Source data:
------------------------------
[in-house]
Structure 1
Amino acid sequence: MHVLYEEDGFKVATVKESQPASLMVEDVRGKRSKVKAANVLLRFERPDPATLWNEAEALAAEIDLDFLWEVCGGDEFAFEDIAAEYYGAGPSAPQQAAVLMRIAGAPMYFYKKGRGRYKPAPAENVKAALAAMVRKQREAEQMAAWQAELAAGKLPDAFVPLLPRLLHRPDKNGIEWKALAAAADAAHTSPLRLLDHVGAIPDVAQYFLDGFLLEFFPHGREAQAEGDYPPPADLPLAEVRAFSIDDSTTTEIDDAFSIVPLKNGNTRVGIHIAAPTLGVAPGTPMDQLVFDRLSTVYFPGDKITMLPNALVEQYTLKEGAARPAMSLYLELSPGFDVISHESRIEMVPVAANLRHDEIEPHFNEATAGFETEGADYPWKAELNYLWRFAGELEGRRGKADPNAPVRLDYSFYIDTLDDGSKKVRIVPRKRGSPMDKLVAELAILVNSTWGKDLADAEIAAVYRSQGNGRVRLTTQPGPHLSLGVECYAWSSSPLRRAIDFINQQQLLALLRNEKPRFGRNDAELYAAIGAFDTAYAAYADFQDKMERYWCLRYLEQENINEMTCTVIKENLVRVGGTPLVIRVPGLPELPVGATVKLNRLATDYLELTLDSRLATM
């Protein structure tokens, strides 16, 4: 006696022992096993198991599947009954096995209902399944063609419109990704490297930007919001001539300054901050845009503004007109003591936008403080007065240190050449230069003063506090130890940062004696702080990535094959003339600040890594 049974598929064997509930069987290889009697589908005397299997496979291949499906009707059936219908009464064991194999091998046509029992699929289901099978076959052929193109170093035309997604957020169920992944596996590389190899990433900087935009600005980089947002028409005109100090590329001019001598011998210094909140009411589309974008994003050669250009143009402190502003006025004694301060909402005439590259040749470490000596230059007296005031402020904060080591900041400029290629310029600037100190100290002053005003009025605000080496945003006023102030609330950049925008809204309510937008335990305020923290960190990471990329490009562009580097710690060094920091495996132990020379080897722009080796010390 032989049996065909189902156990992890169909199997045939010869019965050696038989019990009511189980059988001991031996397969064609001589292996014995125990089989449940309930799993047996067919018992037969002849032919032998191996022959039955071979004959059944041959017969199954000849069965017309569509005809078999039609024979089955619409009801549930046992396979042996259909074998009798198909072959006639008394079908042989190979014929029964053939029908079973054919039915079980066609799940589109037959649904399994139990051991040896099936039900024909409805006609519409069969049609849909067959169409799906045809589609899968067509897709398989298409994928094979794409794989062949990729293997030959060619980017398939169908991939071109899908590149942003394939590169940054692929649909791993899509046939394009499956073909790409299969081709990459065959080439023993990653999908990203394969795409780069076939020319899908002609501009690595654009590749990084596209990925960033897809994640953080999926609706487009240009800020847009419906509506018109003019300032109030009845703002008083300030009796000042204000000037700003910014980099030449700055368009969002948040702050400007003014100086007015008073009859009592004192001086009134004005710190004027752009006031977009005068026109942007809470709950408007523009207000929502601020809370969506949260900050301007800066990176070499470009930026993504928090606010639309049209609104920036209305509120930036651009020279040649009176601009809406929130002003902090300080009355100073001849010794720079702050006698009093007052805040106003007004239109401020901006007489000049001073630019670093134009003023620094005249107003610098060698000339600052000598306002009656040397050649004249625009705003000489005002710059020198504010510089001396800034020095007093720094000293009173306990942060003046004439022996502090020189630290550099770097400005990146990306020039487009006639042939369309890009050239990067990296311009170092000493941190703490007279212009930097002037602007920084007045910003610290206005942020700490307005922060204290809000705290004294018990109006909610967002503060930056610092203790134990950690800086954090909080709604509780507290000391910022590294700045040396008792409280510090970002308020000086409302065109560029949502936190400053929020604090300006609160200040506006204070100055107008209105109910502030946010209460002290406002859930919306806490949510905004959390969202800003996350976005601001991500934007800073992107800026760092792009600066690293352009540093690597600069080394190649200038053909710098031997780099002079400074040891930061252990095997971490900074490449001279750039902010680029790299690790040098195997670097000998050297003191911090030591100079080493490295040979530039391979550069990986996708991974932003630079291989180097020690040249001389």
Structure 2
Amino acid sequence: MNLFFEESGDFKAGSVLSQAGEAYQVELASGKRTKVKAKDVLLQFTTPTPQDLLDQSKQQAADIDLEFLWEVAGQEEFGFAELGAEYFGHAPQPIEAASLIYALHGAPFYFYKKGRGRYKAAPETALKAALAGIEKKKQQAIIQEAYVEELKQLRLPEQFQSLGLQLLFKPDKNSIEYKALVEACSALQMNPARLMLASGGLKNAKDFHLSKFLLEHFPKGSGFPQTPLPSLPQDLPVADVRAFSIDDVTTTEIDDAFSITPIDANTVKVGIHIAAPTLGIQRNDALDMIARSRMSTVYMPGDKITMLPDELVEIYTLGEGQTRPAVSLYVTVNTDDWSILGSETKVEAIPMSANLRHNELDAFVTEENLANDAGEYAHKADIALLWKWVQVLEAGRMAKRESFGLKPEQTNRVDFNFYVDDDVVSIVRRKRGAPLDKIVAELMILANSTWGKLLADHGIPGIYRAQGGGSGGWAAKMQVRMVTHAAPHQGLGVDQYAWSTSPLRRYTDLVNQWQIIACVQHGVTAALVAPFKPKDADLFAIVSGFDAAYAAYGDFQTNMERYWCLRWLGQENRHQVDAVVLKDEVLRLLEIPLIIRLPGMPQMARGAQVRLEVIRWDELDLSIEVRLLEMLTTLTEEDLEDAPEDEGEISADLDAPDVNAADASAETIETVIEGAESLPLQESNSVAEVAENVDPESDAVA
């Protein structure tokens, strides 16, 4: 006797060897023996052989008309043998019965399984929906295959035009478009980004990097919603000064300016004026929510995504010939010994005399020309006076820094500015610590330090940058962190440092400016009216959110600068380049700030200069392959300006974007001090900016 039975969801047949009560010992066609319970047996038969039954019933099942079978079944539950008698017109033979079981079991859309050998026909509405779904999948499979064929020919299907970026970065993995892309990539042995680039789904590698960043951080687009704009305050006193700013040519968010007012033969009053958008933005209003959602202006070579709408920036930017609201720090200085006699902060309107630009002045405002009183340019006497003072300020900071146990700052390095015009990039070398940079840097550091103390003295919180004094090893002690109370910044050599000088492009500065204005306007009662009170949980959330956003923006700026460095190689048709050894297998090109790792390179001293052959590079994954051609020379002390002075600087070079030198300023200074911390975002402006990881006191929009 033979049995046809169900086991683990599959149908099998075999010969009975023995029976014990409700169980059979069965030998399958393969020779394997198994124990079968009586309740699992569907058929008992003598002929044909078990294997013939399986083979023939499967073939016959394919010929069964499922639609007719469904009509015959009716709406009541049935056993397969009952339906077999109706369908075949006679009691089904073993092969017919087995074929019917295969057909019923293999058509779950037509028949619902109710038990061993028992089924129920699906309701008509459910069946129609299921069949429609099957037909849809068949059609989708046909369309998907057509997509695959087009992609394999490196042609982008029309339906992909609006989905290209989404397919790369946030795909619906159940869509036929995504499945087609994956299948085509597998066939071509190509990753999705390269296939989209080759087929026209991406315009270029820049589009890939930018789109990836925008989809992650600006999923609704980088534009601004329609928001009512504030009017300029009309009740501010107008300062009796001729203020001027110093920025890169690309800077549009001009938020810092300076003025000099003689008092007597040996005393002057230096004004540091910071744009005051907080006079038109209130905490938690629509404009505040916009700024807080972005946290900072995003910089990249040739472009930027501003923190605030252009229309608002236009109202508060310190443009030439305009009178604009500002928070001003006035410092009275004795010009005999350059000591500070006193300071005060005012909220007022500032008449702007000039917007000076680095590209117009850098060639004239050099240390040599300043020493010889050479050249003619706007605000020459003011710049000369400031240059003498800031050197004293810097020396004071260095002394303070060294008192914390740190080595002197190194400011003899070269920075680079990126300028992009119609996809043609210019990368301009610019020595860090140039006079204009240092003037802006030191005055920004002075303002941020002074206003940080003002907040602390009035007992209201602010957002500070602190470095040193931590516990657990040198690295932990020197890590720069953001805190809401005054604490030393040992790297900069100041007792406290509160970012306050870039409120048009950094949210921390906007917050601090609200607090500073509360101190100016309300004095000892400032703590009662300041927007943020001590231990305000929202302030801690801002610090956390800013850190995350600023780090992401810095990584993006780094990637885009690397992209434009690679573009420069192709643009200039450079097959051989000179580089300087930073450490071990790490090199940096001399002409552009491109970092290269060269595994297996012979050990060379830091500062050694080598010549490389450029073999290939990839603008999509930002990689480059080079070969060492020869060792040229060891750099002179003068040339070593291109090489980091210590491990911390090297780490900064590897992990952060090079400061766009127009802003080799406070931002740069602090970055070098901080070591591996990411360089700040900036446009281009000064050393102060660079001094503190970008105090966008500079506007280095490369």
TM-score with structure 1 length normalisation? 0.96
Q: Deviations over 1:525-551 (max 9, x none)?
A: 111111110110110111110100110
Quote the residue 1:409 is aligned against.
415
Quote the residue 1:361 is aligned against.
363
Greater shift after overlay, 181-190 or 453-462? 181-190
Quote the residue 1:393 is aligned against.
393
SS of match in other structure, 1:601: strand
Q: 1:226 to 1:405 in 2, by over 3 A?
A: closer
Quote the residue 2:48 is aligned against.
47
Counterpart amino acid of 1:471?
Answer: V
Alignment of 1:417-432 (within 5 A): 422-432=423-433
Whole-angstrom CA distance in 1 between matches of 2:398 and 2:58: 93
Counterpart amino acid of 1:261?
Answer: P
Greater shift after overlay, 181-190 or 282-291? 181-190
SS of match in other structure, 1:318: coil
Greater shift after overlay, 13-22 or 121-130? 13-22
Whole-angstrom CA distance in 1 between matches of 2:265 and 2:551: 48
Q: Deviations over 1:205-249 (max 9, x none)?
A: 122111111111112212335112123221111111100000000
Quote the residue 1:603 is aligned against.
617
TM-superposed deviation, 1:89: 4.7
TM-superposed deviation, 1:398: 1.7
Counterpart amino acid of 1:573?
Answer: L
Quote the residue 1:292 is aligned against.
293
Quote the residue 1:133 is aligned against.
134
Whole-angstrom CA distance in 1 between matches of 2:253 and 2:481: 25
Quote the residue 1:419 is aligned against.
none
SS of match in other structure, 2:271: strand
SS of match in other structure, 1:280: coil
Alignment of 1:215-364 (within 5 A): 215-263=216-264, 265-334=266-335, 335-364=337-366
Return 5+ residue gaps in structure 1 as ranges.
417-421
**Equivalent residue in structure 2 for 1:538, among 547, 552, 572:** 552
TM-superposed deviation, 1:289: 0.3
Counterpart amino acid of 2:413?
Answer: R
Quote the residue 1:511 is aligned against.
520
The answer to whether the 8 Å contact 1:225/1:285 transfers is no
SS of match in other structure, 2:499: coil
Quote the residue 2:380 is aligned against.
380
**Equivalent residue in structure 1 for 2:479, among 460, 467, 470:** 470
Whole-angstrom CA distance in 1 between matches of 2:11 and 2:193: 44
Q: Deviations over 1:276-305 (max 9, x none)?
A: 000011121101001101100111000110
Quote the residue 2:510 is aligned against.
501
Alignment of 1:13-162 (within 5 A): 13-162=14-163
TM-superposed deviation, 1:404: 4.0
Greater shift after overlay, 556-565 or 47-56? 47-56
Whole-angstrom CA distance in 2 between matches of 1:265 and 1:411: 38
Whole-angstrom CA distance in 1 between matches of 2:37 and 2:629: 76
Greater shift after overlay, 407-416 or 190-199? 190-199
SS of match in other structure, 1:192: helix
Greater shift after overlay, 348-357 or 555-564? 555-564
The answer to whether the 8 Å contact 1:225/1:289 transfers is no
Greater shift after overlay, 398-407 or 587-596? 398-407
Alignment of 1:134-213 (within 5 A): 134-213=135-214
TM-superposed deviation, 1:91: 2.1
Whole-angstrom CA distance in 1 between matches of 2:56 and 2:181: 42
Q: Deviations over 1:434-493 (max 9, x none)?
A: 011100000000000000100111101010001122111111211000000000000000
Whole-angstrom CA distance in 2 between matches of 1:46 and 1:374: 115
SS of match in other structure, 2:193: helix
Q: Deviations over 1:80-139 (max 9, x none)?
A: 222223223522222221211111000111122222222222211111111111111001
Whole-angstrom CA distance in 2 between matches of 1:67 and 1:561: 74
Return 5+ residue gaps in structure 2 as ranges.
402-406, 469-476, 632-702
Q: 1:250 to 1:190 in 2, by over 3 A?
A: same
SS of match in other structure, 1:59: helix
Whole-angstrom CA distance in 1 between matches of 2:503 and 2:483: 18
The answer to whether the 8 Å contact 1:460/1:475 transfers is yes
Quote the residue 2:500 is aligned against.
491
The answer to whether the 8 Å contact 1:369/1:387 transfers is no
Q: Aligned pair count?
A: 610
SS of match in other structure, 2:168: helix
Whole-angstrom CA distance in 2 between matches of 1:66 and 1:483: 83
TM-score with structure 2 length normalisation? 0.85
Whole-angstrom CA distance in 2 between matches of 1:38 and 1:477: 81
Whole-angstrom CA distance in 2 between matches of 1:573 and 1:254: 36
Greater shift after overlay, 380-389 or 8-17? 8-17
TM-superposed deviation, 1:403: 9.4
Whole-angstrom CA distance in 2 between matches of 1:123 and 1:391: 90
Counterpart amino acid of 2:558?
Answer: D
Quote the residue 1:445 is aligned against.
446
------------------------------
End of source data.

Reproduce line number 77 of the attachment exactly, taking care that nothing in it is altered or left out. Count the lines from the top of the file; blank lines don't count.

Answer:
The answer to whether the 8 Å contact 1:225/1:289 transfers is no